Now I have the great good fortune (a benefactor) to travel to Ireland and elsewhere, also, to research my next book, set partly in Connemara. I would be so grateful if you have the time and could recommend places of historical interest/experiences that would help me imagine the 1580s. Between September 12 and September 24th I'll be traveling by bus to AirB&Bs in Galway City, Clifden, Oughterard, Westport, Kinvarra, Knocknacarra, and Ennis before flying out of Shannon on the 25th (to Granada!) sounds rather exhausting writing it down, but I need to see and learn as much as possible.
I've felt shy about contacting you, but decided I'd go ahead. Any ideas about places to see/museums--really just about anything, will be most appreciated.
Publishers really are so shortsighted-- but I'm glad there is another book I haven't read yet. Your novels are well-loved here in our little Rocky Mountain town. With much gratitude-- Laura Lee Yates, author of "Bound for the Western Sea: The Canine Account of the Lewis & Clark Expedition."

Sat Aug 19 23:45:16 2017

Cora Harrison writes from Ireland
Well, that made feel good! Just the sort of message that would boost any author's self-confidence. Thank you for going to the trouble of writing.

Thu Aug 17 18:01:59 2017

Rosalie Maggio writes from USA
You, your wicked-good writing, and your research are fabulous! I envy anyone reading you for the first time.

Thu Aug 17 17:22:14 2017

Sophie Frederickson writes from USA
I look forward to your discoveries!

Tue Aug 15 16:42:34 2017

Cora Harrison writes from Ireland
What a very interesting message.

I have often been intrigued by the realisation that medicine in Ireland, with its women doctors, took a different course to that of medicine as practised in England. The use of herbal remedies was of the utmost importance in Ireland and very little use of Greek-influenced ideas of 'humours' etc. found favour. Herbal remedies were the basis for cure sin medicines here.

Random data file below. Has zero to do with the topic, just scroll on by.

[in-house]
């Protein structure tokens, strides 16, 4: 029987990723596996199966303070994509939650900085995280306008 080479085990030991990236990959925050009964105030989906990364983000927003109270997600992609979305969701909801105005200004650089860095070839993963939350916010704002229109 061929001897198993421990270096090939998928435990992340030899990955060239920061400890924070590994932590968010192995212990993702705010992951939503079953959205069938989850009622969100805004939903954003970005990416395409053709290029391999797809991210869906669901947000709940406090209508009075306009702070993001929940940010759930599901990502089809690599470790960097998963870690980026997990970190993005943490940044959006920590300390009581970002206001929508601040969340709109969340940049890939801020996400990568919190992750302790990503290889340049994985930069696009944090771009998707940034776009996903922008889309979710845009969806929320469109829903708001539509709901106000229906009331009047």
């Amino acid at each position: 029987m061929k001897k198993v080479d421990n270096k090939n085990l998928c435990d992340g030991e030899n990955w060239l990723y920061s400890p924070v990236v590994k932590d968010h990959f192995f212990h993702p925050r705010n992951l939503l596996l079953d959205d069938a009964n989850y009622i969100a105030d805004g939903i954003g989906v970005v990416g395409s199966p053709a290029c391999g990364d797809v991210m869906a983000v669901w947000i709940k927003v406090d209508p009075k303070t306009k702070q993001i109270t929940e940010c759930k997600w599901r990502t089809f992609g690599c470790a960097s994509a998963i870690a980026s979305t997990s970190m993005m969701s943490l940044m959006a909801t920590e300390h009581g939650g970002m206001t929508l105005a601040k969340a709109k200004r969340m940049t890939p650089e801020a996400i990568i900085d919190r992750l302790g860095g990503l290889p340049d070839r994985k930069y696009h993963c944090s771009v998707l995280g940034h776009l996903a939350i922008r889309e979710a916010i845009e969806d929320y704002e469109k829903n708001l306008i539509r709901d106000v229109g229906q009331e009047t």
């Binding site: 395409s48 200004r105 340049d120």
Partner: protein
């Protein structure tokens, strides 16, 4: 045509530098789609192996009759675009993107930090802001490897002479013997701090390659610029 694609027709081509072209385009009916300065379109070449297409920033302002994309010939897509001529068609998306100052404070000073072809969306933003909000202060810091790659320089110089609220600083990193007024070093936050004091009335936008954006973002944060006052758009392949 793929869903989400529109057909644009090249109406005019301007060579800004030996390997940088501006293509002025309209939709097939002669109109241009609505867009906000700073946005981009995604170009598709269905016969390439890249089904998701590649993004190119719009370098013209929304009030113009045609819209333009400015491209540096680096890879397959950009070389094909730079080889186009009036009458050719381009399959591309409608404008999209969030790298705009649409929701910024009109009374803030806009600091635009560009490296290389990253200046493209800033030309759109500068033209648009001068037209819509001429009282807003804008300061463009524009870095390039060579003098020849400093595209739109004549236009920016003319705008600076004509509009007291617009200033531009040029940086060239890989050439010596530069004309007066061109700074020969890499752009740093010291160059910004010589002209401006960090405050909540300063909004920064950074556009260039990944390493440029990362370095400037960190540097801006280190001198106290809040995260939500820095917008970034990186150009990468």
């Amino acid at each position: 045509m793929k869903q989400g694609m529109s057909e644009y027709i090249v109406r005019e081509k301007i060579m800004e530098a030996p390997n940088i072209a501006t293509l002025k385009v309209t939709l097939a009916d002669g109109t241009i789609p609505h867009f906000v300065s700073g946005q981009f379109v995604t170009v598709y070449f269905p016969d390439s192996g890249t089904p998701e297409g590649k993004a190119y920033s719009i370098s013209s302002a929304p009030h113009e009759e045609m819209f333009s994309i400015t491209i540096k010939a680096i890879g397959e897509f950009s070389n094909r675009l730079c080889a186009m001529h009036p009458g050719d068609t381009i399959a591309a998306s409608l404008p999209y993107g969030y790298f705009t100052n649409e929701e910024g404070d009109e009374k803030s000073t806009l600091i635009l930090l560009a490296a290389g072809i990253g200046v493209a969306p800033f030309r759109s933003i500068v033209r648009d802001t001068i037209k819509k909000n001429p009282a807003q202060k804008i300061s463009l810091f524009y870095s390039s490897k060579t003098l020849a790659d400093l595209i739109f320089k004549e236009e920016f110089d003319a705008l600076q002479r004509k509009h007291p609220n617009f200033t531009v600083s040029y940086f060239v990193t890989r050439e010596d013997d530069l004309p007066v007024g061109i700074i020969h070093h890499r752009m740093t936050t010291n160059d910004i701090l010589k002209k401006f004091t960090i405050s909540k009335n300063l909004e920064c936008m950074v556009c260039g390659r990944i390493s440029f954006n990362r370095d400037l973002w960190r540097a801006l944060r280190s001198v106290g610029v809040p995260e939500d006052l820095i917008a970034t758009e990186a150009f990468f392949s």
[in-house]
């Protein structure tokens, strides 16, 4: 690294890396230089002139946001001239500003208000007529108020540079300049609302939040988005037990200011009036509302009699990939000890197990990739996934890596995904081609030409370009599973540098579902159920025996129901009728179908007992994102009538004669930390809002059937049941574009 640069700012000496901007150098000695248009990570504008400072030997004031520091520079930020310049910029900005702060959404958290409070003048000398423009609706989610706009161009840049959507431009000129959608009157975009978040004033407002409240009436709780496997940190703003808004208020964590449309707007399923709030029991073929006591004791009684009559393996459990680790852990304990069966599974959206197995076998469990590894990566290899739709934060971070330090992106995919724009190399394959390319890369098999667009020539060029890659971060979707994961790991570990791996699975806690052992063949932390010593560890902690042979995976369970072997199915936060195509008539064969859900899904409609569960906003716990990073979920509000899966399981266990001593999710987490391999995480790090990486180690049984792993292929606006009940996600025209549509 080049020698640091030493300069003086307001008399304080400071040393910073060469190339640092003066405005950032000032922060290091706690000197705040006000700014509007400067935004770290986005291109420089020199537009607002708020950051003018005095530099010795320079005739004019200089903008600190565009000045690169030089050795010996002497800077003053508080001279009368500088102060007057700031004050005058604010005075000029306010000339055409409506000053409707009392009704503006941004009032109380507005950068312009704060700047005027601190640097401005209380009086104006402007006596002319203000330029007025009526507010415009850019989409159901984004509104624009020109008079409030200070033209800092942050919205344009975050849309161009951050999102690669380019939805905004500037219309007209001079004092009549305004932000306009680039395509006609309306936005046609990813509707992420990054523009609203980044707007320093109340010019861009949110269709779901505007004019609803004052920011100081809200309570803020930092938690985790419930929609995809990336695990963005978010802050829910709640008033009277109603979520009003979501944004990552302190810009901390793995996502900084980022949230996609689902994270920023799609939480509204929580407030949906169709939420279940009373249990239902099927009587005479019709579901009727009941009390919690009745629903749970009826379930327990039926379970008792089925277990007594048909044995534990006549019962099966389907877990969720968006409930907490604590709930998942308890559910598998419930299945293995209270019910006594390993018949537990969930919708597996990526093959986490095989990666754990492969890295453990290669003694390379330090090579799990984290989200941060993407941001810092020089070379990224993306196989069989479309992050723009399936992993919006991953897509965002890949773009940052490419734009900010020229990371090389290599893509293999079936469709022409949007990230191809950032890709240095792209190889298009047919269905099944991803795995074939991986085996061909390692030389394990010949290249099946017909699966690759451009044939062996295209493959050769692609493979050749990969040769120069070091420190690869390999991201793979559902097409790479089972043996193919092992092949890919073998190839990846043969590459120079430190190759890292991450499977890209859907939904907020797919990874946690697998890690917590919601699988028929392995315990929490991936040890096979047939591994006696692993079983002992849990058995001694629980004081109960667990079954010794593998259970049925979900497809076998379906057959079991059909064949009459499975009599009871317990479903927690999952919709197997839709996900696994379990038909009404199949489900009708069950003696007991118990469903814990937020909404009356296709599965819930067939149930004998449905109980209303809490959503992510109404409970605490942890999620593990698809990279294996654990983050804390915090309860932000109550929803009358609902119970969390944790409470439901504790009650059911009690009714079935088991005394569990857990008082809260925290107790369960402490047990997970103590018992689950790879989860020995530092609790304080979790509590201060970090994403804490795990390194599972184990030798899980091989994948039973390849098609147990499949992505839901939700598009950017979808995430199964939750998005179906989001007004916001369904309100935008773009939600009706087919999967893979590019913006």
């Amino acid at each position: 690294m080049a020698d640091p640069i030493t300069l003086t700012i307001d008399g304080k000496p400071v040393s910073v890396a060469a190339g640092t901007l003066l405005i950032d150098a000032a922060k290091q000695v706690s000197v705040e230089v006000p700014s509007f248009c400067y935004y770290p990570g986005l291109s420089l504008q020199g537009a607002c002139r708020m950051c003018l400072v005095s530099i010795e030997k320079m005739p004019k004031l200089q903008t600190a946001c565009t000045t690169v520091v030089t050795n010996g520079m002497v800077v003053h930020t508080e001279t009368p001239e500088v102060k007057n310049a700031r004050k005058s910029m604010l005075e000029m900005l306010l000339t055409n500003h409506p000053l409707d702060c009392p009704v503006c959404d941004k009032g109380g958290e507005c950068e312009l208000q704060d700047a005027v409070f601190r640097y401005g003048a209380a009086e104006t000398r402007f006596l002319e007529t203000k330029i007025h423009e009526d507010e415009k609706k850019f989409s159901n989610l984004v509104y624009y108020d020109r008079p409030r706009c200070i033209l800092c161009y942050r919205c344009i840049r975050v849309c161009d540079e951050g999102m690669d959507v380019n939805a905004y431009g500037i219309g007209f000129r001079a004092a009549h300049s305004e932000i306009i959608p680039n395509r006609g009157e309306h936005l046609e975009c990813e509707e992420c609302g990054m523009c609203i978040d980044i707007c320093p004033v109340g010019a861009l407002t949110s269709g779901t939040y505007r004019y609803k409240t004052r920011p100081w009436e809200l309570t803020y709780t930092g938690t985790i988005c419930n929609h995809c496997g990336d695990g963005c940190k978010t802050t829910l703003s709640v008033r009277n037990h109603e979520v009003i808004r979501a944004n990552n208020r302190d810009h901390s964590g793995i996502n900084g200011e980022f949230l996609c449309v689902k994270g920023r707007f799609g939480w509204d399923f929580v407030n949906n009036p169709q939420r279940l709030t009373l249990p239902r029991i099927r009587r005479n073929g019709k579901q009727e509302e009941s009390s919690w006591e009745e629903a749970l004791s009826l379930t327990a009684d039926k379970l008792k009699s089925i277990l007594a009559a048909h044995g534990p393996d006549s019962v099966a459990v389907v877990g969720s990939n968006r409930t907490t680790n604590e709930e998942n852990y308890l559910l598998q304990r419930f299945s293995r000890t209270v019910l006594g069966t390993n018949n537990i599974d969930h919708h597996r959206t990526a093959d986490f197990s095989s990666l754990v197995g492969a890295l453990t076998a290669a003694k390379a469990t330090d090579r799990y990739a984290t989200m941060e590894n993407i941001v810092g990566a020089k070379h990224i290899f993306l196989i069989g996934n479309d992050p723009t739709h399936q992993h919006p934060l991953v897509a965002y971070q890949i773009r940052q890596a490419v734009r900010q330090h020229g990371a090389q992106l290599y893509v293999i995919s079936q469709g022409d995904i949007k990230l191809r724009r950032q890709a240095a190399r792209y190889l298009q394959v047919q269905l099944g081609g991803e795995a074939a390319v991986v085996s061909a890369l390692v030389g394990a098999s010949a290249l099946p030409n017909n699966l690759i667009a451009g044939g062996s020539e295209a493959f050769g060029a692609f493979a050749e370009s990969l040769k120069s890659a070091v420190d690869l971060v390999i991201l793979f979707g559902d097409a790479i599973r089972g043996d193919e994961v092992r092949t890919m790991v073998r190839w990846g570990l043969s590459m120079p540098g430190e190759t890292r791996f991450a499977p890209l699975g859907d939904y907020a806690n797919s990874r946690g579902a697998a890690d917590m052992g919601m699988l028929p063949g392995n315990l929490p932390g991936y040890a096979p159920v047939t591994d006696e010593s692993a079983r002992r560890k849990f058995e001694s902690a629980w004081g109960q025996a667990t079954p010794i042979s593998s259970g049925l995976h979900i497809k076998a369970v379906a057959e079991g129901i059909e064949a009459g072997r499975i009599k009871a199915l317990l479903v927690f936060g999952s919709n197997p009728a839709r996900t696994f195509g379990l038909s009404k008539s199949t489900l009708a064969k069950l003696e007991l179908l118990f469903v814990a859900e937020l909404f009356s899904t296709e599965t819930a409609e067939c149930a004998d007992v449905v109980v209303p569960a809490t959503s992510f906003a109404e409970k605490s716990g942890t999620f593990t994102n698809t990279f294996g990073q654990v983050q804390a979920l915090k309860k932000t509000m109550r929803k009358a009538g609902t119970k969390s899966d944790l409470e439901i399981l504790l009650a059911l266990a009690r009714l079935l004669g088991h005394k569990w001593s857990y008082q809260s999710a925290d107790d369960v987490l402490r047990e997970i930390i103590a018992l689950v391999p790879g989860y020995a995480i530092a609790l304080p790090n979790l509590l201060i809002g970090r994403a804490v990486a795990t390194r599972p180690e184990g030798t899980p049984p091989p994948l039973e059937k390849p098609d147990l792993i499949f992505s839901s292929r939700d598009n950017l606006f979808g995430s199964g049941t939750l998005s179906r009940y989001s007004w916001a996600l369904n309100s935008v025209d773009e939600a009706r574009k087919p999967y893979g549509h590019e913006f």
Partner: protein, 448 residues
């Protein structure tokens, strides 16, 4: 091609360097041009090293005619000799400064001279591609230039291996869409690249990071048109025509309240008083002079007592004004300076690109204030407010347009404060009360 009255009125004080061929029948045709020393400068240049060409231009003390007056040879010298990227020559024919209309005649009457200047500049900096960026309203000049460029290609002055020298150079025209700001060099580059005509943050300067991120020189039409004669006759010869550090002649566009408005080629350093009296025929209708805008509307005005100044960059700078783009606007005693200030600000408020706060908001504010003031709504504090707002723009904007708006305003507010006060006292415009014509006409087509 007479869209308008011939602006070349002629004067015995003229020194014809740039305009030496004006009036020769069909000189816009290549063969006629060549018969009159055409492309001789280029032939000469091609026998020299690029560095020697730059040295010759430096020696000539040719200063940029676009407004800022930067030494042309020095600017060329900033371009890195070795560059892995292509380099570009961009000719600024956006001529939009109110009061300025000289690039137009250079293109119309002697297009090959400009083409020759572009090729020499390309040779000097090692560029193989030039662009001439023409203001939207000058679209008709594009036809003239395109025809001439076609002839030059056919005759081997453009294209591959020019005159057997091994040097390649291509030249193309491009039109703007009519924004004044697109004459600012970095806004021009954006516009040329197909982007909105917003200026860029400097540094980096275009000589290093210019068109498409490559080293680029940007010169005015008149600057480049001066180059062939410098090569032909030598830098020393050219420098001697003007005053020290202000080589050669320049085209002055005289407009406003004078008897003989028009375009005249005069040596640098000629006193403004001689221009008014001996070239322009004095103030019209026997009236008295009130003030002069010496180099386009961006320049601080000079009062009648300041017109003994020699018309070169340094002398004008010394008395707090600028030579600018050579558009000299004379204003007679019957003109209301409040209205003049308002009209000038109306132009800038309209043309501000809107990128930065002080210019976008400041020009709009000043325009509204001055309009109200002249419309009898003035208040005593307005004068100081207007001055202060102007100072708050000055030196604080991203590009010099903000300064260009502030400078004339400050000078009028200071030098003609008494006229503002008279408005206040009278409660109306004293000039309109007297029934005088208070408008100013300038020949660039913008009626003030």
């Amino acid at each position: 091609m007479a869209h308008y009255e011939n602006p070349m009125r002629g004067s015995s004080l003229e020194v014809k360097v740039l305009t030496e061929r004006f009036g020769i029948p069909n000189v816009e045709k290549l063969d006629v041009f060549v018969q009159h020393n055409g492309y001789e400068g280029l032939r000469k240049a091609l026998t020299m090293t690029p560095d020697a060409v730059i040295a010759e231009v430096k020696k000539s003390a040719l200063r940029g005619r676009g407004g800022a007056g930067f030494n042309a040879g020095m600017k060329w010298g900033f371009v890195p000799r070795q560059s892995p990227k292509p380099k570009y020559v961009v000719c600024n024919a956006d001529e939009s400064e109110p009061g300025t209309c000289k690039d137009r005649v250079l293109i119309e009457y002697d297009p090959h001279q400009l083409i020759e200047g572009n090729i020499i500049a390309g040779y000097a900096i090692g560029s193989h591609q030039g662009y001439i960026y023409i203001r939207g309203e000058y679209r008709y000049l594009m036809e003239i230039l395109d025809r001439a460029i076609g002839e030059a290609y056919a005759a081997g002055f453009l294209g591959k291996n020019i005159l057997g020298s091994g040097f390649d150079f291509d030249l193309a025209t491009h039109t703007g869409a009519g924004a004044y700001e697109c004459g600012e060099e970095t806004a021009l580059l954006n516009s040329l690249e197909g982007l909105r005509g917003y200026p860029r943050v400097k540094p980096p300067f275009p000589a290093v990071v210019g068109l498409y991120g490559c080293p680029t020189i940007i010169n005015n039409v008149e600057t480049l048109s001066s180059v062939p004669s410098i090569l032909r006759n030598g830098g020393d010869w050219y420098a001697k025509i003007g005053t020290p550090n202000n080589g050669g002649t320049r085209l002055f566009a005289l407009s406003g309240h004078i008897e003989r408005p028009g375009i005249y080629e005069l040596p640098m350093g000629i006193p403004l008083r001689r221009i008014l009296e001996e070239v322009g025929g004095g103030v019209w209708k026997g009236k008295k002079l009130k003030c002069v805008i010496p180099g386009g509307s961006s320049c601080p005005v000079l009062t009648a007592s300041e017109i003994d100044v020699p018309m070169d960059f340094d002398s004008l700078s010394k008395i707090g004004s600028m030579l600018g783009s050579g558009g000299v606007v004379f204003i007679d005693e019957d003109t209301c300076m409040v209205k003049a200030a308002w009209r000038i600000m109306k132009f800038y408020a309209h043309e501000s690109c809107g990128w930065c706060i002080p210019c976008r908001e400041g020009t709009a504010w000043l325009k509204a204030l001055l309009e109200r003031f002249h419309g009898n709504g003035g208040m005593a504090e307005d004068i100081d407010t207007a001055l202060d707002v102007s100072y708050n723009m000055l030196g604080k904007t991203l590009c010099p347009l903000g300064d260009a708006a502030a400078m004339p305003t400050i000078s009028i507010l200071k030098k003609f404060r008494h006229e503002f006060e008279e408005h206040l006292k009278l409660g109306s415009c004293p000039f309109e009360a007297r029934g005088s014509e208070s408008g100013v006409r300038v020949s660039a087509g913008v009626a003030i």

I'm not sure if there were any native sources of copper, here on the Burren, but there certainly were copper mines in Kerry, also in the south-west of Ireland. I must explore some of your ideas!

Sun Aug 13 20:39:46 2017

Sophe Frederickson writes from USA
How pleased I was to read about many of my herbal friends in your book, Scales of Retribution. I'm an herbalist, and it was a pleasant surprise to find an author who knows about the magic of herbs. Yes, comfrey can be the culprit when people don't know how to use it. I broke my shoulder a few years ago, and used comfrey oil morning and night. In a short time the comfrey mended the bones in my shoulder. Plantain is another friend of mine. Stings from bees, wasps and spiders are no match for plantain who draws out the toxin and calms the wound. Were herbal waters made in Ireland using copper stills? I've just started the art, and now understand why it was so popular in the Middle Ages (and before). The herbal waters (hydrosols) keep for a year.

Sun Aug 13 19:25:55 2017

Cora Harrison writes from Ireland
What a wonderful compliment, Rosemary! I, too, have some special books which I value for their soothing effect when my mind is tired and I am immensely delighted to know that my books rank amongst these for you